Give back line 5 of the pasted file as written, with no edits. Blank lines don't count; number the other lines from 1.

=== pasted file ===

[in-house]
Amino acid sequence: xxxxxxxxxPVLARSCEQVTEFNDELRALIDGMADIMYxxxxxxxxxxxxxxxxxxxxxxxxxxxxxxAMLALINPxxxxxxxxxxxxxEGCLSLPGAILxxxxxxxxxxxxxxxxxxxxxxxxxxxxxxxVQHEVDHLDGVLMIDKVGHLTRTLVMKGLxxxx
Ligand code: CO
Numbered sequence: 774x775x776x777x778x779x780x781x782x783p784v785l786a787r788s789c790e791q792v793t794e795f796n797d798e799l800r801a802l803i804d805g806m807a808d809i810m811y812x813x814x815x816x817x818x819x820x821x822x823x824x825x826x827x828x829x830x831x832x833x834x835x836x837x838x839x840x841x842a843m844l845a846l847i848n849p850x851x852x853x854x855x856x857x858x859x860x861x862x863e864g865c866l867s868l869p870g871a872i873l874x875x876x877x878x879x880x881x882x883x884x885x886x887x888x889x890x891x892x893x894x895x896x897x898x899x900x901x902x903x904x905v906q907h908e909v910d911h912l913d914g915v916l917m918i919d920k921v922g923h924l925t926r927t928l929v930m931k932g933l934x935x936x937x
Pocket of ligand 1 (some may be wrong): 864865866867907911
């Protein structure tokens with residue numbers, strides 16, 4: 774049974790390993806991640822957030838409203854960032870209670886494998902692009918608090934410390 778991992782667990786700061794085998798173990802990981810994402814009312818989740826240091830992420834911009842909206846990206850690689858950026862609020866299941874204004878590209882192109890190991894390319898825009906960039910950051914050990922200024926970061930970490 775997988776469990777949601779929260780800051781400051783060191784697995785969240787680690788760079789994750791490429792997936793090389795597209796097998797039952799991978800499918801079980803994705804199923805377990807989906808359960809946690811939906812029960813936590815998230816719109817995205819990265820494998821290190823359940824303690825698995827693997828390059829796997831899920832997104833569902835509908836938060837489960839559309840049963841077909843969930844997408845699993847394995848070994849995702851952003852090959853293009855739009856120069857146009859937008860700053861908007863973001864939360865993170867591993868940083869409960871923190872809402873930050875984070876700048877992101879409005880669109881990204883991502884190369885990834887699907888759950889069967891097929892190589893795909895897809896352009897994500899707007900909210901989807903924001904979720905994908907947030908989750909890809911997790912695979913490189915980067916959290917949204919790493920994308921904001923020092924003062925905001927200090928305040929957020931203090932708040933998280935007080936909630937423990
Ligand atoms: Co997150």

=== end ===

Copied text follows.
Pocket of ligand 1 (some may be wrong): 864865866867907911